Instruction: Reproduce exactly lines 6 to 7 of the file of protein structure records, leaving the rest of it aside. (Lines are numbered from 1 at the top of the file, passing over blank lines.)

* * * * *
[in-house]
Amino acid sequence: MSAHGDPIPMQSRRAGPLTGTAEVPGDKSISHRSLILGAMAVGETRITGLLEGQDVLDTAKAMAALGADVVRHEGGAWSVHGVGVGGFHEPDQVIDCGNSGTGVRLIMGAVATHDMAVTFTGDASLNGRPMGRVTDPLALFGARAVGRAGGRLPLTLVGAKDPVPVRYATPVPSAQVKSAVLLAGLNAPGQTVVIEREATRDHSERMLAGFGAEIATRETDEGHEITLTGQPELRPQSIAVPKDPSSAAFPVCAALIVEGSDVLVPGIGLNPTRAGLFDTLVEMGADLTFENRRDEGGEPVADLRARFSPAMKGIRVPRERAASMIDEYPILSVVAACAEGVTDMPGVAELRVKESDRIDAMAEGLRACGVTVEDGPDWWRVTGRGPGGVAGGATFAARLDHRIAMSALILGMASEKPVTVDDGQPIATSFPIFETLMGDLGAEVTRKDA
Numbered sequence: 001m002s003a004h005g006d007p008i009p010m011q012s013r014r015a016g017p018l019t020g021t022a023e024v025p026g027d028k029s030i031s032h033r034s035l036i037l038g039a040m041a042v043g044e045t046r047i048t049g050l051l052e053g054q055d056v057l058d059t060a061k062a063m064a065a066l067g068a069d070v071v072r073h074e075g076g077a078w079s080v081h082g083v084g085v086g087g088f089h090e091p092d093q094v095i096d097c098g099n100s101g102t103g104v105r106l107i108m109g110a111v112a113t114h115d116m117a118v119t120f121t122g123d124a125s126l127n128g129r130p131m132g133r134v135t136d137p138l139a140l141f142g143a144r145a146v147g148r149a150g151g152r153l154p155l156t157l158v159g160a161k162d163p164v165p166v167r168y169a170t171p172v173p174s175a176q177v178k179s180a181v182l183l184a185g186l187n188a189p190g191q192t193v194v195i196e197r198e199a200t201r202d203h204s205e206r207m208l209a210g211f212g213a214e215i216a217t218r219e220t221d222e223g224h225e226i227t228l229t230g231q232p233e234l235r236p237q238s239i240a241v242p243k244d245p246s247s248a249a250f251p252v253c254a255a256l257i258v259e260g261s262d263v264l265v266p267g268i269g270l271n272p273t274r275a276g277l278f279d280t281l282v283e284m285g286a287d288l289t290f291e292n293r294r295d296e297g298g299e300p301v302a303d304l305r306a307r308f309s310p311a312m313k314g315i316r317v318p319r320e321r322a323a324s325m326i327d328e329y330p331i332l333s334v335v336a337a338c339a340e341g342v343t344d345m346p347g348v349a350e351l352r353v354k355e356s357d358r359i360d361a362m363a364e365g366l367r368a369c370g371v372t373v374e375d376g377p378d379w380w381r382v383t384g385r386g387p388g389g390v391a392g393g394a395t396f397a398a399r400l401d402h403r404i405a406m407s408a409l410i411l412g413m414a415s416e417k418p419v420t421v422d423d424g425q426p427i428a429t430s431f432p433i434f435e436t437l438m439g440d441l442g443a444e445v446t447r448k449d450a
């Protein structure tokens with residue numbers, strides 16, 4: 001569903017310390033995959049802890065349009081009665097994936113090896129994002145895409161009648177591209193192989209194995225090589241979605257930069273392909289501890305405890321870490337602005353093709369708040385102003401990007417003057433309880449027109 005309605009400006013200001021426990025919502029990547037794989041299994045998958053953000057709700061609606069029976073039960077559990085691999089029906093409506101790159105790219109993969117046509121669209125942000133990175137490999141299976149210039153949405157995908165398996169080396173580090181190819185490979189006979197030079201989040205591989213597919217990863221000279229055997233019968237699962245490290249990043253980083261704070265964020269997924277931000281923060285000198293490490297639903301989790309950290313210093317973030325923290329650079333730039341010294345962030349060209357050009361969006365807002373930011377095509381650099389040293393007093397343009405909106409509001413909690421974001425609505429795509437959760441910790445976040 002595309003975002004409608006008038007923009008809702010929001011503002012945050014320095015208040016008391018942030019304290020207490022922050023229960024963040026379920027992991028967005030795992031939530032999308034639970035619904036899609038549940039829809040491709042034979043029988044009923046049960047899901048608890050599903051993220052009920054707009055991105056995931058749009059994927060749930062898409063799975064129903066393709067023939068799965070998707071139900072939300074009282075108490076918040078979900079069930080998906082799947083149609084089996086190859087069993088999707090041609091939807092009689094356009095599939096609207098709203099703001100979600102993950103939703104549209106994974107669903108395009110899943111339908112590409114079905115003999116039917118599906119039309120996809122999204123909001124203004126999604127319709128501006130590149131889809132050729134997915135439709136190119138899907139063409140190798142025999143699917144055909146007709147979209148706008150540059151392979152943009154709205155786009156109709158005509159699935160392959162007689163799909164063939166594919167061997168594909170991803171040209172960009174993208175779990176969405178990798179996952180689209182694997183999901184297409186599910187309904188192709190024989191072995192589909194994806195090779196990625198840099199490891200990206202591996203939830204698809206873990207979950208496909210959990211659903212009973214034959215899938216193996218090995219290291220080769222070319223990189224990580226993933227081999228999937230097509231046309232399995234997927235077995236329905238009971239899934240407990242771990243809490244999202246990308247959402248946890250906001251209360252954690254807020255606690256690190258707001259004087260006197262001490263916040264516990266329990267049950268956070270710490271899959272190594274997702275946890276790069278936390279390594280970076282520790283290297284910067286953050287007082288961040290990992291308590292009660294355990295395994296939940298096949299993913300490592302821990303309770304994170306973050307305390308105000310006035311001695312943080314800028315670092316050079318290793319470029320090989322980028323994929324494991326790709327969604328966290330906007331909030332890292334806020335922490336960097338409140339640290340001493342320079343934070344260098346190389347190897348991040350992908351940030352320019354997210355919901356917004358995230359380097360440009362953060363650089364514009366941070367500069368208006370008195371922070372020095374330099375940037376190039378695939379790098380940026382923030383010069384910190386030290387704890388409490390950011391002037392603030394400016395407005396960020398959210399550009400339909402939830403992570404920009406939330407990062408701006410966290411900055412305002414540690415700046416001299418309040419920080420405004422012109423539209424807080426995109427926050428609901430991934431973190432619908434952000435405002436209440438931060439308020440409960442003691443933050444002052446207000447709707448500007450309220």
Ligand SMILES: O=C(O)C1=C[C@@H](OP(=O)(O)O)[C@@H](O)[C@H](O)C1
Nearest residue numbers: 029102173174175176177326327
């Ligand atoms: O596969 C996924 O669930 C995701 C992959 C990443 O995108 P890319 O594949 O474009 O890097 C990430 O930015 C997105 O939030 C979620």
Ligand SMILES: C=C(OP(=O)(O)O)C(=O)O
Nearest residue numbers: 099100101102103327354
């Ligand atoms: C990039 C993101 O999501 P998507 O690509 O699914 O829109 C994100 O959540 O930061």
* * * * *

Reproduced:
Nearest residue numbers: 029102173174175176177326327
């Ligand atoms: O596969 C996924 O669930 C995701 C992959 C990443 O995108 P890319 O594949 O474009 O890097 C990430 O930015 C997105 O939030 C979620």